The North/South divide has taken its toll on Internet adoption, the latest figures from research firm Datamonitor has revealed.
According to the results of a survey published today, the North of England and Northern Ireland are laggards when it comes to Internet and PC adoption.
Datamonitor said that around 29 per cent of UK adults have access to a PC at home, but penetration is highest in East Anglia, Southern England and London.
Half the adult population in the South East have access to a PC at home, compared to less than a third in Northern Ireland, Lancashire and the Midlands.
Around 18 per cent of UK adults are connected to the Internet at home, said Datamonitor, with a quarter of Londoners online. However, only between 13 per cent and 17 per cent of people in Northern England are online at home.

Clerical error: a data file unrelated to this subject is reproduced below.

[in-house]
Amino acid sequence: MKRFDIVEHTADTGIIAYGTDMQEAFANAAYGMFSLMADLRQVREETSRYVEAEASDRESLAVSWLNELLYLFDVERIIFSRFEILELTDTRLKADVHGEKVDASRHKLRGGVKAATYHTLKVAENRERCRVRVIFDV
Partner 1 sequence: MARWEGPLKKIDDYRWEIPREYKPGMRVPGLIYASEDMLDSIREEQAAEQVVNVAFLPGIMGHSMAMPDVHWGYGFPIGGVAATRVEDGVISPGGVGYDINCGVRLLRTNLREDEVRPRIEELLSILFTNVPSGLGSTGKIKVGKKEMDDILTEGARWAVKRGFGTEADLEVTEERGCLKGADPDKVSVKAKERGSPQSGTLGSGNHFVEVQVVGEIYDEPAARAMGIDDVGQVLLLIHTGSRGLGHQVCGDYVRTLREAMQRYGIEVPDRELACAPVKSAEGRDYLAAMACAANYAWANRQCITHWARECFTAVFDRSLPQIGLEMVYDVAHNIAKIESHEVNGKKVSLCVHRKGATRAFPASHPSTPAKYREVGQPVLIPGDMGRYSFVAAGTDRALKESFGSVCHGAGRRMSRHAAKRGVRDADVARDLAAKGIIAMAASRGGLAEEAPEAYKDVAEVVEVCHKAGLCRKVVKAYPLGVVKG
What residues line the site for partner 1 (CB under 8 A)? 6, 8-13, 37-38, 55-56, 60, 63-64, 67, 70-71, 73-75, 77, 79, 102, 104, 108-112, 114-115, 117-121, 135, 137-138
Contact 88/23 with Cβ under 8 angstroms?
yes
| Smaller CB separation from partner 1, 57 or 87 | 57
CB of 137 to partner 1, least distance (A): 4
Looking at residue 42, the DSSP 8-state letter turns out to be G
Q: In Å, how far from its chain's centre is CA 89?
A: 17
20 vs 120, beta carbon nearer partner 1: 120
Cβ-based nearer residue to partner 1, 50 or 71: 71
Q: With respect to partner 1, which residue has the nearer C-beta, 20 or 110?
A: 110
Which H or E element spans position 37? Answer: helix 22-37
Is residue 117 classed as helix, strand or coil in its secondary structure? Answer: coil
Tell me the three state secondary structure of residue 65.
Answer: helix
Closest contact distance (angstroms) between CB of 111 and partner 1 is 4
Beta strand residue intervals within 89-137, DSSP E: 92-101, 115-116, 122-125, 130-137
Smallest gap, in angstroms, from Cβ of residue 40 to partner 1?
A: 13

The research company said Internet penetration is the lowest in the Tyne Tees/Yorks region at only seven per cent and Lancashire at six per cent.
Datamonitor analyst Alexander Rainer noted: "London represents the largest market, with almost three million people currently online, making it the priority regional market for content and service providers."
He added: "In the foreseeable future, one in two consumers will have access to a PC at home in the south-eastern regions of East Anglia, Southern England and London."
He said that Scotland and the North of England provides a surprisingly strong potential for future growth.
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